http://www.curetoday.com/articles/whats-your-cancer-slogan
What's your cancer slogan?

Guest

Carrie Corey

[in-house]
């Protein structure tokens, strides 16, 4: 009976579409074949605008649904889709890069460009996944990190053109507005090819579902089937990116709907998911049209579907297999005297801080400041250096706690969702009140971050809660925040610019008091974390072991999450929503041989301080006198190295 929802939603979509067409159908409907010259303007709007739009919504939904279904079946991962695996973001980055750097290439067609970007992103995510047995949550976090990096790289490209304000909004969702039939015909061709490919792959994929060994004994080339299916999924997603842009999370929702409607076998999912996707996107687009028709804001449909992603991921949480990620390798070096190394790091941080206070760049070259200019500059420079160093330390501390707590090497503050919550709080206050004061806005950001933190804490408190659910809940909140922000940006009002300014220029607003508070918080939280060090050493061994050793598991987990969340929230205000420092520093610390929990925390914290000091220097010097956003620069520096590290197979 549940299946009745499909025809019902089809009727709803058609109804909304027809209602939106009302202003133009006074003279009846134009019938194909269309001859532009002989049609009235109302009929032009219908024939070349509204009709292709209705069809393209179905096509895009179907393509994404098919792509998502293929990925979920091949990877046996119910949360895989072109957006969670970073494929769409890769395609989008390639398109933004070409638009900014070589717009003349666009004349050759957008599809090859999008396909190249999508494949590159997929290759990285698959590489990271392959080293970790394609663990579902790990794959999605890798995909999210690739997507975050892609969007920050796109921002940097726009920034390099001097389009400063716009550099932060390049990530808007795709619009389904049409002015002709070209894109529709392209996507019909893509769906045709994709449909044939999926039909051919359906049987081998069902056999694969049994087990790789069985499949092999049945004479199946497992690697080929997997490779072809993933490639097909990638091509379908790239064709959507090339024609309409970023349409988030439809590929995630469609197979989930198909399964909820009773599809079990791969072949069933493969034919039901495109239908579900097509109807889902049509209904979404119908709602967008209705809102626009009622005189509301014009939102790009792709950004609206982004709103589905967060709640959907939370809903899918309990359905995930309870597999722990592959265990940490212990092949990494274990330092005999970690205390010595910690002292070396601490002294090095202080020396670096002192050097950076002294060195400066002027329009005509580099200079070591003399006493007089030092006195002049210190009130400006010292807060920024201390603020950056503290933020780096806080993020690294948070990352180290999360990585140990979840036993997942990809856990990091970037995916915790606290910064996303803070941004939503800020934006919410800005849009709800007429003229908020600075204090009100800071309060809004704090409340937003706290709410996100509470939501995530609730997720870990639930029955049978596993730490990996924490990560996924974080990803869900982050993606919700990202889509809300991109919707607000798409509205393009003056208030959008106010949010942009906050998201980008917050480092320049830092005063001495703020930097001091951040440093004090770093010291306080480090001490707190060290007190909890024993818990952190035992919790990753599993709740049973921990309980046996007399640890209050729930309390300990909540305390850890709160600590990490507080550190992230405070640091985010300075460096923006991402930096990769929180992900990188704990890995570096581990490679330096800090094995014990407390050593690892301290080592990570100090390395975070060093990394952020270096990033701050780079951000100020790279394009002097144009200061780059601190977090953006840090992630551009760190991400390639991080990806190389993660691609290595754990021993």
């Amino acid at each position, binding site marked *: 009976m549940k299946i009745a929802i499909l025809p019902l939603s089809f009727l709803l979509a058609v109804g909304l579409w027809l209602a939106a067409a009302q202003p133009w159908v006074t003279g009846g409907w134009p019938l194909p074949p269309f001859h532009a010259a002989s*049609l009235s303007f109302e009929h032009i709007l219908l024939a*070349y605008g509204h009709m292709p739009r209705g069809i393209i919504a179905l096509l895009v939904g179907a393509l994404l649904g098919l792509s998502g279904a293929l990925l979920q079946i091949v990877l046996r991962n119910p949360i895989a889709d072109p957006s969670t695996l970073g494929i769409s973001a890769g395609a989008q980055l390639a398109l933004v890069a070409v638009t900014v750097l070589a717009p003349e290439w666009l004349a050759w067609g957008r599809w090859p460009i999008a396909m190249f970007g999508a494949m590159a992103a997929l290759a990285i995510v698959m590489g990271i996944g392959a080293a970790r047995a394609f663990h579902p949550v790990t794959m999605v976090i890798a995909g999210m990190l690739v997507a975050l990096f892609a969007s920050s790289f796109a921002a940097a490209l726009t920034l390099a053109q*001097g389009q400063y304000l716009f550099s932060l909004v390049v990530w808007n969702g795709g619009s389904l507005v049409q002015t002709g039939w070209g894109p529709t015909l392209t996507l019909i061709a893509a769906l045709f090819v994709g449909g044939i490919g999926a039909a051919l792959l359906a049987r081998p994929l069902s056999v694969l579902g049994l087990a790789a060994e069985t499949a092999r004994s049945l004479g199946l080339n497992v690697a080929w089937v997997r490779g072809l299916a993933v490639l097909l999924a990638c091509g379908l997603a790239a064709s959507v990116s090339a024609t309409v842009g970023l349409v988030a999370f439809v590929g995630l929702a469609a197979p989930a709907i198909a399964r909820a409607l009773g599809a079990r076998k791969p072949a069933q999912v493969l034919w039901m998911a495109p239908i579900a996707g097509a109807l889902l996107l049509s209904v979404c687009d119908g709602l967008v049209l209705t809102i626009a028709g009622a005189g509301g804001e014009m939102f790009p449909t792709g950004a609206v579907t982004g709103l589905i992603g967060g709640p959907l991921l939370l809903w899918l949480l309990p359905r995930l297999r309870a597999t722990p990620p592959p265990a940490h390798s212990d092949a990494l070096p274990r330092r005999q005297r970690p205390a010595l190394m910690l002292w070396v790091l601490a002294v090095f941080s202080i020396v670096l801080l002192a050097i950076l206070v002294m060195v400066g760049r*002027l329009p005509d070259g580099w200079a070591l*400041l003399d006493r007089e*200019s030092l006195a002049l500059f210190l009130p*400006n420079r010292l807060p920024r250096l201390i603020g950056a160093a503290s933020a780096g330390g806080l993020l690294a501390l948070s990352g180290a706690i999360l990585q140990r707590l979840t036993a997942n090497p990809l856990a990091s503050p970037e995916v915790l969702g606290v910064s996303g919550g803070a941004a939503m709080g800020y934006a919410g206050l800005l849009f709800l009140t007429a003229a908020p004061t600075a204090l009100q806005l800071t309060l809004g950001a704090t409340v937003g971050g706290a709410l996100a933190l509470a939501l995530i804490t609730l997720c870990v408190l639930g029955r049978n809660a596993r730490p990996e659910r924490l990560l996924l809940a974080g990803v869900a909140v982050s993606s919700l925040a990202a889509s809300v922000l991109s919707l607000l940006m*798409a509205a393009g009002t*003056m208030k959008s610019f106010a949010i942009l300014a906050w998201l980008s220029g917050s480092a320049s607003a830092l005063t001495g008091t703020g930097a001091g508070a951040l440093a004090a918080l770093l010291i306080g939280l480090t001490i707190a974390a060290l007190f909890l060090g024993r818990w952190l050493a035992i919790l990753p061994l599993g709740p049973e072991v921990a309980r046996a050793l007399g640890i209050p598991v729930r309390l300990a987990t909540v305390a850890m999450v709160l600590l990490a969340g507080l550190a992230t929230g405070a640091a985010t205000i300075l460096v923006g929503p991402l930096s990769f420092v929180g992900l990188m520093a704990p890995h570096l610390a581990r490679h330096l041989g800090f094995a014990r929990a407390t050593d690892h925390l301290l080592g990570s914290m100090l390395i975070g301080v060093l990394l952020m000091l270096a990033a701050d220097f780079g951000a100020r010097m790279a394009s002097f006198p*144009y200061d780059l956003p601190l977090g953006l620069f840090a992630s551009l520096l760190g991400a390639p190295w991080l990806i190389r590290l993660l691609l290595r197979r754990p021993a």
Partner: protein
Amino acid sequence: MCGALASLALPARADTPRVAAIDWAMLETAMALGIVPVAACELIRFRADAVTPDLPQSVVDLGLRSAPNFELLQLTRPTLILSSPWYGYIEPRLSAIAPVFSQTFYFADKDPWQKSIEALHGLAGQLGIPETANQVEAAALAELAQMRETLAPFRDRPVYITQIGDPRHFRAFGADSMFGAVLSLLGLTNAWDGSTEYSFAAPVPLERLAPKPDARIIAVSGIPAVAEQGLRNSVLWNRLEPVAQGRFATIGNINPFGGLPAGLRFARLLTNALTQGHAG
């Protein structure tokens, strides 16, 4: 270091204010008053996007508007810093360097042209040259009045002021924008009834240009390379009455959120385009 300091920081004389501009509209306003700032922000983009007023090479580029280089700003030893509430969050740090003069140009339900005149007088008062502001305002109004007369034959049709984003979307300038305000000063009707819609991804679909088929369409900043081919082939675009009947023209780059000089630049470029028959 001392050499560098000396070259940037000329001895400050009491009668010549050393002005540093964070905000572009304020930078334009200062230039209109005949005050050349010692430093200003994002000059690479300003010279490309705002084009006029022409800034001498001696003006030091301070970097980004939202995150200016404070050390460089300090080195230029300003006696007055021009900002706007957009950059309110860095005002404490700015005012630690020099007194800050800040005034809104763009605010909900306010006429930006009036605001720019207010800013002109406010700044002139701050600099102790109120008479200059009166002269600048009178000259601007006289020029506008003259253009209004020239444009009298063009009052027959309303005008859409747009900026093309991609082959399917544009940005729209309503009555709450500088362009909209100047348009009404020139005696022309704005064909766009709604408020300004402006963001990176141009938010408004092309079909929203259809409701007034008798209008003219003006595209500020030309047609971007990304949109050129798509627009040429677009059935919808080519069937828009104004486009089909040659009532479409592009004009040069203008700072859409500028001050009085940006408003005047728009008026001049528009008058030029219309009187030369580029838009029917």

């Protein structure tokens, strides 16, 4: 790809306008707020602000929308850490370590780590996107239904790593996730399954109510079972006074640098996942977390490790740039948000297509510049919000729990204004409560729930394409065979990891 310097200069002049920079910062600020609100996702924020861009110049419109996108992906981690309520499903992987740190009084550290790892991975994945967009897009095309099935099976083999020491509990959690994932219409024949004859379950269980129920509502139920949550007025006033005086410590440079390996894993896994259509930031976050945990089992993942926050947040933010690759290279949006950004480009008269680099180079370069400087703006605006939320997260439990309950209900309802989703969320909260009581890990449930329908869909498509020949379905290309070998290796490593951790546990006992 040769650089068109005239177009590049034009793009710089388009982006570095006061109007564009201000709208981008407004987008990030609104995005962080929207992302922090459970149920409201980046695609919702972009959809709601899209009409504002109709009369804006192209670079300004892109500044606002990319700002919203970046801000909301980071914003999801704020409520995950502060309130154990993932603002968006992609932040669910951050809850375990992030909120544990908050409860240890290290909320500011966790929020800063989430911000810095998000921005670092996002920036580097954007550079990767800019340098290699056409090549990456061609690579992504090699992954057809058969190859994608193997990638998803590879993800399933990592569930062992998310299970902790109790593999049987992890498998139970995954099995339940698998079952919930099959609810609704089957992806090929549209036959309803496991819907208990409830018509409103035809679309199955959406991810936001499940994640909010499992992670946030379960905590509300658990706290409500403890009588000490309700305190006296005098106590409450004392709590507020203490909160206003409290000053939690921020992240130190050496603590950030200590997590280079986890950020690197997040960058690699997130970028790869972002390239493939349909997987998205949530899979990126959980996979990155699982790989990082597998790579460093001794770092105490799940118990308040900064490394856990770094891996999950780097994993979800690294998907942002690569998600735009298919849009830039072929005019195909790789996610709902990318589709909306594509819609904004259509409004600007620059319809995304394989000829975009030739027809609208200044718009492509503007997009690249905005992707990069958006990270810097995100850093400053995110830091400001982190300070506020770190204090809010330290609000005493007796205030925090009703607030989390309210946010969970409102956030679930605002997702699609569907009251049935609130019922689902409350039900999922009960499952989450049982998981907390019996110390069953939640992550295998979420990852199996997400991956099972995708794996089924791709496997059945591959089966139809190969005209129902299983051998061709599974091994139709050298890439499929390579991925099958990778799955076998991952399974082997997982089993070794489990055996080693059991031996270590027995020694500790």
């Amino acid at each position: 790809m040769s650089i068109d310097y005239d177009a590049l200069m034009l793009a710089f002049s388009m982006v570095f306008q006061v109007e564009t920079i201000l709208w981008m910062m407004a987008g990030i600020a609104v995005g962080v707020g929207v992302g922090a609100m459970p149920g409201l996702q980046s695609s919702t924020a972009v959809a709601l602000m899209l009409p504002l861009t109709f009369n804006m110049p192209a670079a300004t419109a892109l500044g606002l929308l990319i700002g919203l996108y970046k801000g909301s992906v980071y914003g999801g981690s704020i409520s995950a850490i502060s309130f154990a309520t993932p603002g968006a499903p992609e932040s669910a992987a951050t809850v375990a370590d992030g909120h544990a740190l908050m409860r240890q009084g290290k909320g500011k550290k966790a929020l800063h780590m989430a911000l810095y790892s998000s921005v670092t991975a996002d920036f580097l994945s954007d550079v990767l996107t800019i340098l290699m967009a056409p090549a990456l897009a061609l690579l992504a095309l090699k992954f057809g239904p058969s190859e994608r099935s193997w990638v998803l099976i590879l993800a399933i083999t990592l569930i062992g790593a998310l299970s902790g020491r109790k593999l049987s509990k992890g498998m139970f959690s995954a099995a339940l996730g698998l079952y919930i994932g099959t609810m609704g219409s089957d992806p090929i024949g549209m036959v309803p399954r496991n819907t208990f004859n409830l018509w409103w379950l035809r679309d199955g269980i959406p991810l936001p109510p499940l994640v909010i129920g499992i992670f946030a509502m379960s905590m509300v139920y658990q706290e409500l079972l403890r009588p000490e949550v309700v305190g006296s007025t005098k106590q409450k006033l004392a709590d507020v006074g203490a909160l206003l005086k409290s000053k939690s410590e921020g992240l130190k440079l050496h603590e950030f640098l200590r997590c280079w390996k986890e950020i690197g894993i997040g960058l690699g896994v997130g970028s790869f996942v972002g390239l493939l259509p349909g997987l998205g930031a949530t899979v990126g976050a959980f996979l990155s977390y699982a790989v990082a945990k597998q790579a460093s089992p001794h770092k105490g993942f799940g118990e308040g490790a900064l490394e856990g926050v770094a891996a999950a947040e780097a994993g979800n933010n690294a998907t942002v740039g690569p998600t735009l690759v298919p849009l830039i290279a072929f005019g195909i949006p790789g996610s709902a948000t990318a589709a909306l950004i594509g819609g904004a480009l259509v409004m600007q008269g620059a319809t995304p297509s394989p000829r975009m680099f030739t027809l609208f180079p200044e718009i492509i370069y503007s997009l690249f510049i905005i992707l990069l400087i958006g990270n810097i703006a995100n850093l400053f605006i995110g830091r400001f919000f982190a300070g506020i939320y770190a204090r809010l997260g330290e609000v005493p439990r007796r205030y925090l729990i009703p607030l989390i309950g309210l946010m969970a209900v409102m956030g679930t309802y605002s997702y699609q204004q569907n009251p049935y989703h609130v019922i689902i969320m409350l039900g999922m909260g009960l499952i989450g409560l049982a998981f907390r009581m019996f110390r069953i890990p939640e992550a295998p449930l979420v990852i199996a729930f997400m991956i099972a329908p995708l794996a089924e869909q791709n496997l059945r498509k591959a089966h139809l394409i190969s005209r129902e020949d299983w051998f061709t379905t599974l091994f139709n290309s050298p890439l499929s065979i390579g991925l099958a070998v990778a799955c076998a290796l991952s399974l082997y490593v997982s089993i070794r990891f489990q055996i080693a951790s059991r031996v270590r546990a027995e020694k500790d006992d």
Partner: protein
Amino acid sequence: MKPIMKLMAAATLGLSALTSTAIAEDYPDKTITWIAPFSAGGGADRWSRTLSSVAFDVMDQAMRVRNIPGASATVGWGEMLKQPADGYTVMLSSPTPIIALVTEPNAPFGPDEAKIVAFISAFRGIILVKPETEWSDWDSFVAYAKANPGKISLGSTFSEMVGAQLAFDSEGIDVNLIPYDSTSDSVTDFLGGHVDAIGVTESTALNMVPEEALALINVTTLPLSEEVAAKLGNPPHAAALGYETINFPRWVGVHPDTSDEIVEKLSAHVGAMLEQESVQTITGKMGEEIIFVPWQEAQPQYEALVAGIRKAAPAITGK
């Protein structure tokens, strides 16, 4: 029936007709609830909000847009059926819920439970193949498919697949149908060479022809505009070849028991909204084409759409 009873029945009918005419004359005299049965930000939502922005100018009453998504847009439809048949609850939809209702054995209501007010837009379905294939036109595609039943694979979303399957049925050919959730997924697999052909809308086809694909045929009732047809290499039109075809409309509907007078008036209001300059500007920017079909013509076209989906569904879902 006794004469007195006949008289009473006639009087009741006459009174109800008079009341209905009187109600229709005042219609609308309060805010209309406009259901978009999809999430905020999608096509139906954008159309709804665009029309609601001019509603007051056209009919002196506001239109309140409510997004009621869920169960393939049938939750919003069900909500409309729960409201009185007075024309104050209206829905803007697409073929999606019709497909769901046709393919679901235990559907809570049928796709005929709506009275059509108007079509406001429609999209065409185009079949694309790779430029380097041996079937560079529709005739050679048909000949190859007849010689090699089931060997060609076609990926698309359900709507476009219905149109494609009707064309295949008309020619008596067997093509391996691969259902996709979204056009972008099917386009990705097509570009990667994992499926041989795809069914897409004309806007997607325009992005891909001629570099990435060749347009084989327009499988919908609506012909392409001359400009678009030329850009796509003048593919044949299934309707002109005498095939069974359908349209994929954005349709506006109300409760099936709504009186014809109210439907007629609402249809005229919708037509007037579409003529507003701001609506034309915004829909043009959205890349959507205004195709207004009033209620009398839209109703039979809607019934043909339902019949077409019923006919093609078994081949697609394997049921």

We've all seen cancer slogans on t-shirts, buttons and baseball caps. If you've received a cancer diagnosis, odds are good you've also heard them from your family and friends. My first go-round with breast cancer, I wore my hot pink Cancer Sucks t-shirt with pride to my chemo treatments. A few years later, life is more challenging with my metastatic diagnosis and trying to live One Day at a Time. Two weeks ago, I attended my uncle's funeral; after the service, we were traveling to MD Anderson for a PET scan and doctor's visit. During the service, I was looking at Uncle Bill's children, grandchildren and great-grandson. "Hmmm.....let's see....if I was 31 when Henry (my son) was born, I'll be 36 when he starts kindergarten. If I'm 49 when he graduates high school, how many years until I could be a grandma?" There I was, sitting second pew, when a familiar dark cloud slithered into my thoughts. "Will I live long enough to meet my grandchildren?" My mom will tell you no one knows how much time they have; she could get hit by a bus tomorrow. While that may be true, some of us are standing in the middle of the road, making us more likely to get hit by a bus than the average person. Most people assume they'll live a long and healthy life, but when you're in my boat, it takes concerted effort to make that assumption. It's been almost a year and a half since I was first deemed incurable. Henry was only a few weeks old and completely dependent on us, but I was the one that needed him. Even when the dark thoughts felt all consuming, I had to Put One Foot in Front of the Other and go fix him a bottle! He continues to give me purpose daily, making it impossible for me to hide under the covers. My goal is to Enjoy Life in the Now, which is much easier said than done. Most days I choose to keep busy with being a wife and mom balancing trips to the grocery store and play dates, with oncologist appointments and medicine side effects. I am still responding to my current medication, giving me 12 weeks until the next trip to Houston. Until then, we'll be enjoying summertime in the backyard and trying to stay cool in the Texas heat, just like a "normal" family would. From now on, when the black cloud sneaks into my thoughts, I am going to follow Henry's lead. At 18 months old, my son doesn't look at the big picture or know what he'll be doing next year or even this afternoon. Every morning, Henry wakes up smiling and ready to tackle the day by running around like a wild man, terrorizing the dogs and trying to jump off the back of the couch. I can't think of a better example of Live for Today, can you? Carrie Corey is a wife, mom and metastatic breast cancer survivor. She will be reporting in frequently on her journey.
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